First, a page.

For Some Inexplicable Reason: A quirky comedy about a late bloomer
by Vladan Petkovic
- First-time feature director Gábor Reisz has crafted an accomplished comedy that differs significantly from most recent Hungarian cinema
For Some Inexplicable Reason [+see also:
film profile], a Hungarian film about an awkward late bloomer by first-time feature director Gábor Reisz, which world-premiered in Karlovy Vary's East of the West section, is a light-footed but sure-handedly executed comedy that employs a somewhat documentary-like approach as it infuses the main character's world with real-life protagonists from the director's circle of friends.
29-year-old Áron (Áron Ferenczik) has finished film school but has no job and does not seem too eager to find one. He lives in an apartment that his parents are paying for, and his mother (Katalin Takács) goes as far as writing a CV for him in an attempt to move him forward in life. But Áron's girlfriend, Eszter (Juli Jakab), has recently left him, and he spends most of his time mourning the loss and trying to find a new partner. During this search, he falls for public transport ticket controller Éva Ink (Kata Bach), but is too clumsy to make a proper move.
His closest friends, on the other hand, have steady if not well-paid jobs, and some of them already have families. They try to help him by instructing him how to at least get laid, but when he manages to pick up a girl in a bar and she takes him home and undresses, expecting a simple one-night stand, the hopelessly romantic Áron freaks out and runs away.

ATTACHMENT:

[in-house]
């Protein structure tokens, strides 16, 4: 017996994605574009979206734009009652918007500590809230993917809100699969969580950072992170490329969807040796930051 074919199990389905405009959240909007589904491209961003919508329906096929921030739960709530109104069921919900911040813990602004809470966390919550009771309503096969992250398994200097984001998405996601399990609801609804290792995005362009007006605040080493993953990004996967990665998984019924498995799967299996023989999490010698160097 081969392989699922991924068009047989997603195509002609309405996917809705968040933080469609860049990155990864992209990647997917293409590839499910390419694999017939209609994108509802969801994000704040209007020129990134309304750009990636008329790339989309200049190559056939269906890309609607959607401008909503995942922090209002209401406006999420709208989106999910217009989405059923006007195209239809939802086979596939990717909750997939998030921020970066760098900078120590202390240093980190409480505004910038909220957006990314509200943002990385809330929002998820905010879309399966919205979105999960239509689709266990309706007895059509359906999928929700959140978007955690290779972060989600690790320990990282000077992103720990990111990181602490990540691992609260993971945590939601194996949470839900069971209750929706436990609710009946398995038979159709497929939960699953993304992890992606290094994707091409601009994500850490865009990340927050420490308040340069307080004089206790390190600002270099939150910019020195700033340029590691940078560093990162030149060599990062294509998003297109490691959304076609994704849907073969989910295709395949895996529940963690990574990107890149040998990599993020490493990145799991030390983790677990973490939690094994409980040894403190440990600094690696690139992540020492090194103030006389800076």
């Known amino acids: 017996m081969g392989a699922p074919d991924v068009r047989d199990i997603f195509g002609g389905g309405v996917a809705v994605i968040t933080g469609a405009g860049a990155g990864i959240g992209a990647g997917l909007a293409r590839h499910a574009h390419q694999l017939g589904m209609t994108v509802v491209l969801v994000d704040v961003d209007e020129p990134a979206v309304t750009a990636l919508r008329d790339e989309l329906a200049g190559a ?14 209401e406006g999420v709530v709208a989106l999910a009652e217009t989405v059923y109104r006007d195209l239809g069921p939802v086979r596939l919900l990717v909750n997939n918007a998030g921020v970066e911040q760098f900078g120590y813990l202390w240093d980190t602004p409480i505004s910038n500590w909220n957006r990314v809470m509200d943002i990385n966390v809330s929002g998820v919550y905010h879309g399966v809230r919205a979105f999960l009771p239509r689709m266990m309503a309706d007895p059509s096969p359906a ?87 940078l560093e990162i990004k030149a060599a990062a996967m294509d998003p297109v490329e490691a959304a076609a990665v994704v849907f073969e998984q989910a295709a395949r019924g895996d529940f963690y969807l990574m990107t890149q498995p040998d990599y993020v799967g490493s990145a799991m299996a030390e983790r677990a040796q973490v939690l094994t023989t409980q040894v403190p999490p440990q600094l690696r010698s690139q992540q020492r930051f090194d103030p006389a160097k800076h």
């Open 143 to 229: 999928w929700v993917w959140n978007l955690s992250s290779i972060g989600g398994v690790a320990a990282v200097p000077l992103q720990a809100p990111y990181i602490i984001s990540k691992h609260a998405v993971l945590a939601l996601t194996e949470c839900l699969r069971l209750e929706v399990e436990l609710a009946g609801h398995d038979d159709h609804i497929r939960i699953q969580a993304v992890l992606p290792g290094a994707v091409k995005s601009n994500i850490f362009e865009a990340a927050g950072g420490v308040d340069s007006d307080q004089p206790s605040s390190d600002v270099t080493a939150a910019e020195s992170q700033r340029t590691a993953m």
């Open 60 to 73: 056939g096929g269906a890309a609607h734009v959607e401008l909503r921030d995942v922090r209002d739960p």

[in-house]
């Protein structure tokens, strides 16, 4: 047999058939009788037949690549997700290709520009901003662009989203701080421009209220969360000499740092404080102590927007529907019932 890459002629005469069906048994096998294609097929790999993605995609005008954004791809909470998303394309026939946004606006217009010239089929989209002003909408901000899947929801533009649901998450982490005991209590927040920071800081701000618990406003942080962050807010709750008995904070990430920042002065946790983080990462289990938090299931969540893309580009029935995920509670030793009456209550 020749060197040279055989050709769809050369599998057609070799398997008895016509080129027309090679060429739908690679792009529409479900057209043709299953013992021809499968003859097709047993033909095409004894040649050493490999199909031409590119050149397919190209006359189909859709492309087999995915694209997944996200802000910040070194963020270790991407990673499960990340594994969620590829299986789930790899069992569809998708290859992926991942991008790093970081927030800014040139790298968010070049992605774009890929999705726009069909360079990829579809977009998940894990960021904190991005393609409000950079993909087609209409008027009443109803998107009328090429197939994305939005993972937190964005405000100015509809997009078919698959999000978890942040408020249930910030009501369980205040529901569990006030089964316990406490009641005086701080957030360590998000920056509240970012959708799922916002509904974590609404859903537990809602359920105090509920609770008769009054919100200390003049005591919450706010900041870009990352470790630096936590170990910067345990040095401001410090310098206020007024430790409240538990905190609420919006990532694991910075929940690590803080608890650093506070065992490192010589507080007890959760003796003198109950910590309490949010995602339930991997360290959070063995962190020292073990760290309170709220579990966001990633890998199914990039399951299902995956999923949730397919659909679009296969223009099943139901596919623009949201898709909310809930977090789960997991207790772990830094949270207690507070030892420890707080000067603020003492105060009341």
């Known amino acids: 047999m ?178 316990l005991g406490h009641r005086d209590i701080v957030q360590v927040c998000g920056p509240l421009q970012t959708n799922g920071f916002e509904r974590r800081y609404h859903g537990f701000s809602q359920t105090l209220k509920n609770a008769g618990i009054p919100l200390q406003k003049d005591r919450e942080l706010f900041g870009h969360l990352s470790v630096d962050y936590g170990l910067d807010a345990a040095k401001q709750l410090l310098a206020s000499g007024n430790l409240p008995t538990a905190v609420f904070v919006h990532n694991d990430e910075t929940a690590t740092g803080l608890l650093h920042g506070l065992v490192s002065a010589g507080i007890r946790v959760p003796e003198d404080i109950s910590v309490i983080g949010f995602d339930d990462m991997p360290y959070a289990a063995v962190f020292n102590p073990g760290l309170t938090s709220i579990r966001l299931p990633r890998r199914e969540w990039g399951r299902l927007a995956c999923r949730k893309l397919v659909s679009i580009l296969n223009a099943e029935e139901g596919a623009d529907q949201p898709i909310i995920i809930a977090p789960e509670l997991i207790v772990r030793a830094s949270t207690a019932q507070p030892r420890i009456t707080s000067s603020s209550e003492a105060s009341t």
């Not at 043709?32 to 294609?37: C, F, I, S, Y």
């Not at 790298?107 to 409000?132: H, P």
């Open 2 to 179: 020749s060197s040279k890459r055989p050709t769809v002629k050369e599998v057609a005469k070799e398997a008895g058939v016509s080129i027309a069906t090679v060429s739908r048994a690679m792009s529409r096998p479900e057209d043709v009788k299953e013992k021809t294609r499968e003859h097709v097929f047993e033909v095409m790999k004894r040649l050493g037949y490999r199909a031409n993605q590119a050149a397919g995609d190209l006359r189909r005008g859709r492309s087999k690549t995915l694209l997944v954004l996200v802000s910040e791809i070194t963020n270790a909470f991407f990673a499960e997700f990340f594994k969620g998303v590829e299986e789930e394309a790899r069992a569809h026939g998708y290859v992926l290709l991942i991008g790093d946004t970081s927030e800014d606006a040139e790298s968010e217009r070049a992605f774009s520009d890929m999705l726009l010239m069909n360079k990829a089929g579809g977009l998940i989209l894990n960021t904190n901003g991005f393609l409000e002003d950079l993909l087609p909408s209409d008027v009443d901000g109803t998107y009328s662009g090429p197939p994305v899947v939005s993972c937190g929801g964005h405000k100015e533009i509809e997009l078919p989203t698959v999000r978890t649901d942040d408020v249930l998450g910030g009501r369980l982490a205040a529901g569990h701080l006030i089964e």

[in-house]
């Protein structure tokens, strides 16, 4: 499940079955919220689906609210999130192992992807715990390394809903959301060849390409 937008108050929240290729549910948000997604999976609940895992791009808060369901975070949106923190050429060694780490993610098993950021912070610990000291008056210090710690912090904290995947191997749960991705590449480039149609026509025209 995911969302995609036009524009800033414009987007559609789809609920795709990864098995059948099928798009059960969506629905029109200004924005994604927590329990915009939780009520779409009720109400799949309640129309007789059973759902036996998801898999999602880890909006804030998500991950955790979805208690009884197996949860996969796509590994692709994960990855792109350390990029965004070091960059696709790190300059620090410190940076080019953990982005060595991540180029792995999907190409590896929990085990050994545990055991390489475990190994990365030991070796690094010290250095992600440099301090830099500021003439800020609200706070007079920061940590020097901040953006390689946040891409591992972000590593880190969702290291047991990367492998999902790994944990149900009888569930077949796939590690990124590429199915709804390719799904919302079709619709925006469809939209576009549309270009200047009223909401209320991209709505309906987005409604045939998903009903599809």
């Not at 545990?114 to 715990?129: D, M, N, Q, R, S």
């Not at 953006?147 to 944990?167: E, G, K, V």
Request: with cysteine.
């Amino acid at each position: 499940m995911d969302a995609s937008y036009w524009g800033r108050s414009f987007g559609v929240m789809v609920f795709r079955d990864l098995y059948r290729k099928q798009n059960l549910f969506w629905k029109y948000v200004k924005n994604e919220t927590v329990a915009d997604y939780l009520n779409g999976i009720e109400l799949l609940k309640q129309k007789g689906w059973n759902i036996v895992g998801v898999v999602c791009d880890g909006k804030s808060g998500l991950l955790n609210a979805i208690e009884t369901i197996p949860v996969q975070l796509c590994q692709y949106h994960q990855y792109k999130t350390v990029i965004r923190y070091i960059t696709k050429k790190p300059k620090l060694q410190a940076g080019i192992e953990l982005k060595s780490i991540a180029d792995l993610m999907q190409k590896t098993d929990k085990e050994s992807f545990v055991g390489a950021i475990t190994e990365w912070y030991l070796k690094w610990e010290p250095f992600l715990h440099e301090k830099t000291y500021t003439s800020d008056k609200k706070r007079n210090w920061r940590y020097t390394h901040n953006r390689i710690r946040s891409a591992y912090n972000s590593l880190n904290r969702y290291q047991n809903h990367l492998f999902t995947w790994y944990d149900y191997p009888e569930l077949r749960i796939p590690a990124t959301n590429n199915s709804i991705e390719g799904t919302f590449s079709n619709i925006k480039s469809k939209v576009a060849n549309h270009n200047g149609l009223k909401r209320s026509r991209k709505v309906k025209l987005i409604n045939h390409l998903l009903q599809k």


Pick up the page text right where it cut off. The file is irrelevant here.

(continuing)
During the celebration of his 30th birthday, his friends discover photos of Eszter with a new boyfriend on Facebook, and Áron, who never drinks, gets smashed and buys a flight to Lisbon with his parents' money, exacerbating both his personal situation and the relations with his family.
Besides the well-chosen cast, in which Ferenczik is deliciously funny as the flawed hero, director Reisz serves as writer, cinematographer and co-composer. It seems to be a personal story (maybe even somewhat autobiographical?) by the 34-year-old filmmaker, who invited his real-life friends to play the main character's crew.
Reisz also puts Áron in real day-to-day situations around Budapest and dedicates a lot of attention to the city, which he presents realistically with both affection and criticism, but he also uses humorous fantasy or dream scenes to colourfully describe the main protagonist's psychological state.
Although the film would work better with some trimming – perhaps 70 minutes instead of 89 would strengthen the effect – this quirky comedy is quite a satisfying work that refreshingly differs from most recent Hungarian output in both its aesthetic approach and its treatment of the subject matter.
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